In the interim, the dead hosts have to be taken care of. The DiscoverWestworld website explains that when hosts "die" in the park, their bodies are buried in special graves. Under these graves is a chute that drops the host's body off in the Intake department so techs can fix up all the holes and stab wounds. What the website doesn't explain is how often this happens. Stays at the park last a minimum of one week, a maximum of four. Ostensibly, there could be guests still adventuring in the park while three more loads of newcomers arrive on the train in Sweetwater each Sunday.

Dolores wakes up, lives, and dies roughly every day, as does Teddy. Does that mean that a guest could kill Teddy one day, and then find him alive and well the next day? That's not a big deal with chivalrous Teddy, maybe, but it could be with one of the bigger baddies, like Hector Escaton. Yet, the show continually glosses over this small-but-important detail.

Wait, MRSA?

In"The Original," Robert Ford says, "We can cure any disease, keep even the weakest of us alive." It's a cool segue up to his main point in that speech, which is to imply that humans are at their evolutionary apex. But then, in the next episode, our favorite prostitute Maeve comes down with a MRSA infection from one of the "dirty" guests.

MRSA is a bacterial infection related to staph that usually infects people via cuts in their skin. But didn't Ford just say they can cure any disease in this world? So why are people still walking around with MRSA? It's not like MRSA is the common cold, either. It's one of those infections that, given the ability, we'd probably get rid of quickly. MRSA has been known to put people in comas at best, and kill them at worst. According to USA Today, MRSA kills up to 20,000 people every year. So if humans really are the best they can be, as Ford thinks, and can cure any disease, how is such a deadly pathogen still going around?

The hazmat suits

Of course, diseases like MRSA (assuming there are diseases) could be why people wear those hazmat suits when they go to the surface. Either that, or Westworld is actually on a different planet with toxic air, as some theorists think, and the guests are all uploaded into hosts that look like them.

Or ... maybe not, considering that in "The Original," Bernard (Jeffrey Wright) and Elsie (Shannon Woodward) are strolling around side-by-side with the hazmat folk in Las Mudas. So maybe the suits keep the workers from contracting diseases from the dead bodies? Well, they're not really dead — they're hosts who are just acting dead. And besides, Elsie has no problem getting up close and personal with the bodies. It's possible that this is one of those things that will be explained more fully in future seasons, but right now, it doesn't make any sense whatsoever.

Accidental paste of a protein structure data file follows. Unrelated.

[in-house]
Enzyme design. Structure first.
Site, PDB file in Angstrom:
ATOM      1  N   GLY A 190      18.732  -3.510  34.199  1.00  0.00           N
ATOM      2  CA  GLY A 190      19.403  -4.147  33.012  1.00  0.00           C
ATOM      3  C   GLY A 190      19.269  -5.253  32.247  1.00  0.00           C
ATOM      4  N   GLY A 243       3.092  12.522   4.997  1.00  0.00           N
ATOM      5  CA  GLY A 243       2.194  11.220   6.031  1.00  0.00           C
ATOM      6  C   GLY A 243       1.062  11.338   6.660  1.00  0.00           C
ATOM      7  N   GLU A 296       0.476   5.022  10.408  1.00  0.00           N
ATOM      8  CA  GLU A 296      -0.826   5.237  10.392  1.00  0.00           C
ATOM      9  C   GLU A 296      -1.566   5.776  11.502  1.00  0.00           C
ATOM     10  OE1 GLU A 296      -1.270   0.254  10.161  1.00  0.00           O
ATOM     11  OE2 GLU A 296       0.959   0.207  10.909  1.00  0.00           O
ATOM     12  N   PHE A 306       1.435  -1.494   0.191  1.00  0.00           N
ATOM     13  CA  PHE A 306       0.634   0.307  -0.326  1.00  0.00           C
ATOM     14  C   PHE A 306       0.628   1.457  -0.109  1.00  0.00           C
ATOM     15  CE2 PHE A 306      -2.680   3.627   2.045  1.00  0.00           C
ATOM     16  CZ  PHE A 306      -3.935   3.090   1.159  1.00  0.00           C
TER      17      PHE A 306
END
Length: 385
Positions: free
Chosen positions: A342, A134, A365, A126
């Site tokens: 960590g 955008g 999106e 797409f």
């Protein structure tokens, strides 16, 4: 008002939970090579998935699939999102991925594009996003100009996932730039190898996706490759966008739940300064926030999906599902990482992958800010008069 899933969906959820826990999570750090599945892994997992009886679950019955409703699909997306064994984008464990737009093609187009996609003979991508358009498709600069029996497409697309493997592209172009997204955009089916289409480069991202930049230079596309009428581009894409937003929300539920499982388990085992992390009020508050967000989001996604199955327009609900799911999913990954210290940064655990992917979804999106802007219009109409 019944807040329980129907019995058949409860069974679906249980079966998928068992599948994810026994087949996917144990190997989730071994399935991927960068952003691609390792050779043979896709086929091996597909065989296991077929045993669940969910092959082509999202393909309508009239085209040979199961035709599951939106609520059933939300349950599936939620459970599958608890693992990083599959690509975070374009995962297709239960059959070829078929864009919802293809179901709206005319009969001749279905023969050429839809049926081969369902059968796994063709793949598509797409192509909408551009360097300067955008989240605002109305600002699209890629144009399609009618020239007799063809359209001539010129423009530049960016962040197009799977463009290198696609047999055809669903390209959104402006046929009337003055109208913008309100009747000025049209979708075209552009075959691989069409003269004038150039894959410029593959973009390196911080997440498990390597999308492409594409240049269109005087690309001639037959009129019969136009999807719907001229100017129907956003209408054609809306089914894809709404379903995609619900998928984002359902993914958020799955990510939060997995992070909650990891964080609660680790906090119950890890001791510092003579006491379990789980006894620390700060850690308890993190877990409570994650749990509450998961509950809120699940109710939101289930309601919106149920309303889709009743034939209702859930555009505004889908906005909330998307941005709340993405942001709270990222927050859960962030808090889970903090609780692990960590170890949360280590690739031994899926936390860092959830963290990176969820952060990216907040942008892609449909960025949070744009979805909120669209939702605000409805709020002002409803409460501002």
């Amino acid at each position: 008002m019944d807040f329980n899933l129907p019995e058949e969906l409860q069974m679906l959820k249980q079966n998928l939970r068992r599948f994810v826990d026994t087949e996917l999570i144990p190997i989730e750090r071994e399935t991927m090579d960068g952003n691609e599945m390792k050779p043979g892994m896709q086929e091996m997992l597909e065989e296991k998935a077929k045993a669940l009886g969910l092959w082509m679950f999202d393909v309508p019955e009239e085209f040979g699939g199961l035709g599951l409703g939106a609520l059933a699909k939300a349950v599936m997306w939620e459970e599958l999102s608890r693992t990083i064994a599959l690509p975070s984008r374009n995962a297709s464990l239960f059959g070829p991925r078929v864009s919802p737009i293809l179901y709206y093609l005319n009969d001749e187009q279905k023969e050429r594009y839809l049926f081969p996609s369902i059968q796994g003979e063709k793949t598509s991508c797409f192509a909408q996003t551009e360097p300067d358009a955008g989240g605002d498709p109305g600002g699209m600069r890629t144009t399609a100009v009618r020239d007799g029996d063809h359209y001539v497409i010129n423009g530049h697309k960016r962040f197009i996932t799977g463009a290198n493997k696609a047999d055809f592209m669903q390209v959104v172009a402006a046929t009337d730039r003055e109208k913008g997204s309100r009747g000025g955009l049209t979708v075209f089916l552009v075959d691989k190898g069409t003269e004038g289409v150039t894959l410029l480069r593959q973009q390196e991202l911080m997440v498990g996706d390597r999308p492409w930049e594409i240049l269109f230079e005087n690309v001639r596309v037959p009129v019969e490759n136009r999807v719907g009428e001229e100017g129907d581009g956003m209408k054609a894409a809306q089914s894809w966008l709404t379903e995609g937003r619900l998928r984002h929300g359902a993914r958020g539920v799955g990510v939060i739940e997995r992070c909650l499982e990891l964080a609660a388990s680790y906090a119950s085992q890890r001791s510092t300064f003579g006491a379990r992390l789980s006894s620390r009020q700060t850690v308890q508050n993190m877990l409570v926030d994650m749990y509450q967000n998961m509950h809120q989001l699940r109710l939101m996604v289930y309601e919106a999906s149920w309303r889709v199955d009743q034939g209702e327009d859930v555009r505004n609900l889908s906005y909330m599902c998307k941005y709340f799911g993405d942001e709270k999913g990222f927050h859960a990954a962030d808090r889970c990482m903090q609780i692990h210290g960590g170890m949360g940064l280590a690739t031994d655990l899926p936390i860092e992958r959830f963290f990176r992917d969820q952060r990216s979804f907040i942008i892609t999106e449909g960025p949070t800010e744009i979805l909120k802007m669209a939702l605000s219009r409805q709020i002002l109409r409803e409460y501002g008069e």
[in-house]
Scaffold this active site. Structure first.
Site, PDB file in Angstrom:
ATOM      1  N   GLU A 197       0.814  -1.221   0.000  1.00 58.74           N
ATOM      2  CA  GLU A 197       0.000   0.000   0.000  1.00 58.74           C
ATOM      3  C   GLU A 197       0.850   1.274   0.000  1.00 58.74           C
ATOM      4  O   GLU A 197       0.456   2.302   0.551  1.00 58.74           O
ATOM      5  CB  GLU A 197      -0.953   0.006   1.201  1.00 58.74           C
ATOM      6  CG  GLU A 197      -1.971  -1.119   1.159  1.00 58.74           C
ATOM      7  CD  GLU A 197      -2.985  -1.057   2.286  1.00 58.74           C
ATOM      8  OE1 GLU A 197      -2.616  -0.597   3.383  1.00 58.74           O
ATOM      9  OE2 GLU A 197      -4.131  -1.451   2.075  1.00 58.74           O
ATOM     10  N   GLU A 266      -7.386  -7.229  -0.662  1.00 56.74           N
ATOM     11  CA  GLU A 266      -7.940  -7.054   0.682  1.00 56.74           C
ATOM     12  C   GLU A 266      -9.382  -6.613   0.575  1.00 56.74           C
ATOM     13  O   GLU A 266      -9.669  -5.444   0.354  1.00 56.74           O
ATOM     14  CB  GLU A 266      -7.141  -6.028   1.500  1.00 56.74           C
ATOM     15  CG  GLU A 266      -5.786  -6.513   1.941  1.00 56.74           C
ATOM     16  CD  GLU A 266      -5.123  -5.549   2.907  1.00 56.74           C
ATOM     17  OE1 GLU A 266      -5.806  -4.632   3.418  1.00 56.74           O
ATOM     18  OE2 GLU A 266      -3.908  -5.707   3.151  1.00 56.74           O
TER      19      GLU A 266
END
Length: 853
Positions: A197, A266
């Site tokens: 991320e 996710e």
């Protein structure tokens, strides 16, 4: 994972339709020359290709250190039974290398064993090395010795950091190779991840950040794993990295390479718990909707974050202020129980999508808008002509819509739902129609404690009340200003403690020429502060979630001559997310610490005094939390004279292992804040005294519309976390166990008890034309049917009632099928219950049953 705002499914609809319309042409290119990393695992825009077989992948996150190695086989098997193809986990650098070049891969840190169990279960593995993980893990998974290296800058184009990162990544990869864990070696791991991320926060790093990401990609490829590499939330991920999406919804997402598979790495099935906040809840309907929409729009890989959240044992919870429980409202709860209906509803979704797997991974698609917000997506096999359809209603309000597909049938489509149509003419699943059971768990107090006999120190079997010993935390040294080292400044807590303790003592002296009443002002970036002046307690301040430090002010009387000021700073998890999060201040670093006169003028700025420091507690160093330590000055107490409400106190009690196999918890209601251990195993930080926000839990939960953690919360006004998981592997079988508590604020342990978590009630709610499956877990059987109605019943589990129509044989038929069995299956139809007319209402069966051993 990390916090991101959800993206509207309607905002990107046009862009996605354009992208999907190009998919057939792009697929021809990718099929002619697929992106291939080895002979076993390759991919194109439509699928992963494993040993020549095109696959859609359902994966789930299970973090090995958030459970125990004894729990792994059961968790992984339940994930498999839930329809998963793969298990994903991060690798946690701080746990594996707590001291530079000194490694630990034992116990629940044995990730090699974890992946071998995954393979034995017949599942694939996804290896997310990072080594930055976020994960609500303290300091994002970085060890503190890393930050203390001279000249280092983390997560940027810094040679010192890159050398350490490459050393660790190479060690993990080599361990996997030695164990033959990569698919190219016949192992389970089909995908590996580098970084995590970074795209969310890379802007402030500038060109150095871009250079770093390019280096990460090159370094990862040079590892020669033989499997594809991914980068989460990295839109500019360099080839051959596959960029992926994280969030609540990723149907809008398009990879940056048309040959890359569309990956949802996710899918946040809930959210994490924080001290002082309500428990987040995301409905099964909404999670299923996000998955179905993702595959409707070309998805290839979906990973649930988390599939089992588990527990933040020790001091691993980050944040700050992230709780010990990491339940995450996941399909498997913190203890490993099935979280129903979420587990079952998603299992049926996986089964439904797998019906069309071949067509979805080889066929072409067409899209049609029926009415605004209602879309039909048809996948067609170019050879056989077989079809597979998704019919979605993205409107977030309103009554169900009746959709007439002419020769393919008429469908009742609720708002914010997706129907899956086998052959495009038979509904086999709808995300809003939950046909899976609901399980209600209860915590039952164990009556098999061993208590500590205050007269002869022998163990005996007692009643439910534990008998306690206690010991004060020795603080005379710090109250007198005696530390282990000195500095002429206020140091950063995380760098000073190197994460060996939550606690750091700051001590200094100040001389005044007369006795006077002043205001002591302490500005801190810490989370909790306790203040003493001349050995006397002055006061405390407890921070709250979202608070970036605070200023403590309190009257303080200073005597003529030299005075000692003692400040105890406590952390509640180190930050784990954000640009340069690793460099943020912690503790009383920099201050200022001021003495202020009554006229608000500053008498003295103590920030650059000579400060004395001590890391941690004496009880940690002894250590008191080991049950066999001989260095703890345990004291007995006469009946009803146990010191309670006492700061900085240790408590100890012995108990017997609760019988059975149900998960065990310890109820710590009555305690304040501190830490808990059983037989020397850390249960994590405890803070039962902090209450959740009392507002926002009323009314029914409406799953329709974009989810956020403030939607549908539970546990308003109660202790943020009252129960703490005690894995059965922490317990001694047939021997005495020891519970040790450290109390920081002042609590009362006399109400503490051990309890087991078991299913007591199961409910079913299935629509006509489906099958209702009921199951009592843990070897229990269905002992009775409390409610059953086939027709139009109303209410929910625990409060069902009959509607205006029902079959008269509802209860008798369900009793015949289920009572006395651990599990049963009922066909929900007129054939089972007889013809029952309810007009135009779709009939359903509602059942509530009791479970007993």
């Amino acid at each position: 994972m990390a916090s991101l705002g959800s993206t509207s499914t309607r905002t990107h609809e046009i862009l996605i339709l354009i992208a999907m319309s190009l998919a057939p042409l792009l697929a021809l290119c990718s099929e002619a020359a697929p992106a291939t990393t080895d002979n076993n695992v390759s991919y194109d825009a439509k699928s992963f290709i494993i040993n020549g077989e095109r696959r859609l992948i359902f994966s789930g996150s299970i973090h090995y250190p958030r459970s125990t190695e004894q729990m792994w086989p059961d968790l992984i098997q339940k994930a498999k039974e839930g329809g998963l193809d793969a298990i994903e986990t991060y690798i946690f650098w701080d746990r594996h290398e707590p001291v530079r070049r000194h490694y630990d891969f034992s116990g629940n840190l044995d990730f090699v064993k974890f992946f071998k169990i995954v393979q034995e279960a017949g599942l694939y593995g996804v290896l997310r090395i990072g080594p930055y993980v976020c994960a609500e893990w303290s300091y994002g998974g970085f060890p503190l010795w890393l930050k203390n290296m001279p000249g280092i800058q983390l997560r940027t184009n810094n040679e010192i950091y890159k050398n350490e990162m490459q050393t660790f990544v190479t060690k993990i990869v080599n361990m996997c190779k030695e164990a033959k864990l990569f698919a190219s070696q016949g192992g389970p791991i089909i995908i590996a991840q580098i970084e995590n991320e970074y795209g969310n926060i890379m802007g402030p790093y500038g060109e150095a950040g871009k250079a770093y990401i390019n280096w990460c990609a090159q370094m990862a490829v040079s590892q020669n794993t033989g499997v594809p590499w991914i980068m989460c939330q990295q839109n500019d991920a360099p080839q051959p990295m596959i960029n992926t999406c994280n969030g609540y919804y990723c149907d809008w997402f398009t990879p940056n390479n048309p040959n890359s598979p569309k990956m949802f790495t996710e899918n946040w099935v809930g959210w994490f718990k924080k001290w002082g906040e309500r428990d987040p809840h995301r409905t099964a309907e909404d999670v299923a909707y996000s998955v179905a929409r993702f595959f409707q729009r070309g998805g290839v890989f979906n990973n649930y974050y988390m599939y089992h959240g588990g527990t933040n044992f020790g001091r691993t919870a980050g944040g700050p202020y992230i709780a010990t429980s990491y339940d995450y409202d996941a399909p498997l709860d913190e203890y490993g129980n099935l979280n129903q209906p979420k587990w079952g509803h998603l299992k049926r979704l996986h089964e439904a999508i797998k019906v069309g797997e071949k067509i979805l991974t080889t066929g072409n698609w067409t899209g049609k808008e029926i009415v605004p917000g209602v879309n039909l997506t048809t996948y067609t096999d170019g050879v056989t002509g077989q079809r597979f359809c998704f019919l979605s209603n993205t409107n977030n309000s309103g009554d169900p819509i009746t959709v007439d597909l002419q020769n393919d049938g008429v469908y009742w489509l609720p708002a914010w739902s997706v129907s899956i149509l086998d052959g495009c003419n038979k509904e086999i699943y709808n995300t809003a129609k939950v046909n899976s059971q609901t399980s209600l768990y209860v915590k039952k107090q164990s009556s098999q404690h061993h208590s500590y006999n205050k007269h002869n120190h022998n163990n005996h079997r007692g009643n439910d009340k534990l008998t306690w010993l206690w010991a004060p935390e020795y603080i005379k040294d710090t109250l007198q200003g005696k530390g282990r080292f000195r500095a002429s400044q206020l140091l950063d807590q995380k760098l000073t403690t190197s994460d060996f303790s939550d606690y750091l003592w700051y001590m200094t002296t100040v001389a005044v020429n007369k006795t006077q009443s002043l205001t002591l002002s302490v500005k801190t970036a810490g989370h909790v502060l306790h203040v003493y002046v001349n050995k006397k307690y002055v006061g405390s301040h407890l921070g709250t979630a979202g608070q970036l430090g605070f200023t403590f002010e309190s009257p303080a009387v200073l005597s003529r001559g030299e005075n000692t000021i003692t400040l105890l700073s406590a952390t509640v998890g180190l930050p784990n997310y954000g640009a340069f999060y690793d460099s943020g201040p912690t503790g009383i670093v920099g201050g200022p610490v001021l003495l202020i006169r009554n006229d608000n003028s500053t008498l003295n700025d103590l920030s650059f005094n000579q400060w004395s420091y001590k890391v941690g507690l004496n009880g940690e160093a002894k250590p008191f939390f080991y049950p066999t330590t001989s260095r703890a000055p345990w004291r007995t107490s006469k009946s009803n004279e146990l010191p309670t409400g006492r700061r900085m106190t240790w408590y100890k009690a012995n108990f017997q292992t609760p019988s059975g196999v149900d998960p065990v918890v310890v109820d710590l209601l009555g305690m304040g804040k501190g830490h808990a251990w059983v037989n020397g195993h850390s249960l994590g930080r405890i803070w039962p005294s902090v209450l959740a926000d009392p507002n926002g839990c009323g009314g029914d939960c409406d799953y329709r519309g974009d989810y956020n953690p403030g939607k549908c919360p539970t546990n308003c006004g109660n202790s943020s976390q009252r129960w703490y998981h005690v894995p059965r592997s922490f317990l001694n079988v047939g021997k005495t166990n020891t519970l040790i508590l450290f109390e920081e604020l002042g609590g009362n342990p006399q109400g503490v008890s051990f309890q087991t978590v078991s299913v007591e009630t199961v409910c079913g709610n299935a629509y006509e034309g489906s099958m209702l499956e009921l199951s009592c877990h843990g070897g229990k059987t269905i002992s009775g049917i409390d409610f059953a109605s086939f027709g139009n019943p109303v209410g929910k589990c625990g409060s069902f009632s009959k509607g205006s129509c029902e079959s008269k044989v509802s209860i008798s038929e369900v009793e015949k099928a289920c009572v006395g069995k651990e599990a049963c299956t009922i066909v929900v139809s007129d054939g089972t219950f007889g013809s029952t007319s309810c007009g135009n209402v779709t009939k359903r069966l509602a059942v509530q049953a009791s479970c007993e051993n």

What do the kids do?

Returning to"The Original" again, there's a scene where Dolores heads down to the river to paint horses. She's interrupted by a family with a young boy, and just before the family enters the frame, you can hear the dad saying, "I don't think we're supposed to cross the river. It's too adult for Jacob," referring to their young son.

That's ... an interesting thing to say, considering that most guests arrive for their stay in Sweetwater, where extremely lifelike androids are regularly gunned down in the street, prostitutes hang out on front porches, and the F-word is casually dropped like leftover orange Skittles. "Across the river" is presumably where Pariah is located, a place described on the website as "a gateway to ultimate danger and sin in Westworld." And as we see later on, it's a pretty bad place.

But from a kid's perspective, the distinction between Pariah and the rest of Westworld feels like comparing Westworld to Game of Thrones — they both have sex, violence, and violent sex, but one just happens to have a little more than the other. The real question is: why would anyone bring their kids to Westworld in the first place? How many psychiatrist appointments will it take to get rid of Timmy's nightmares because you accidentally stumbled across all the rotting corpses left by Wyatt's gang on your family vacation?

What happens if one guy goes crazy?

Let's say you just arrived at Westworld for a bit of the ol' good-time cowboy ultraviolence. You're fresh off the locomotive, spats polished and cravat fluffed, and you're looking to really experience everything this park has to offer. Maybe shoot some bandits and throw a bone to the lovely ladies, or explore the hillsides in search of buried loot.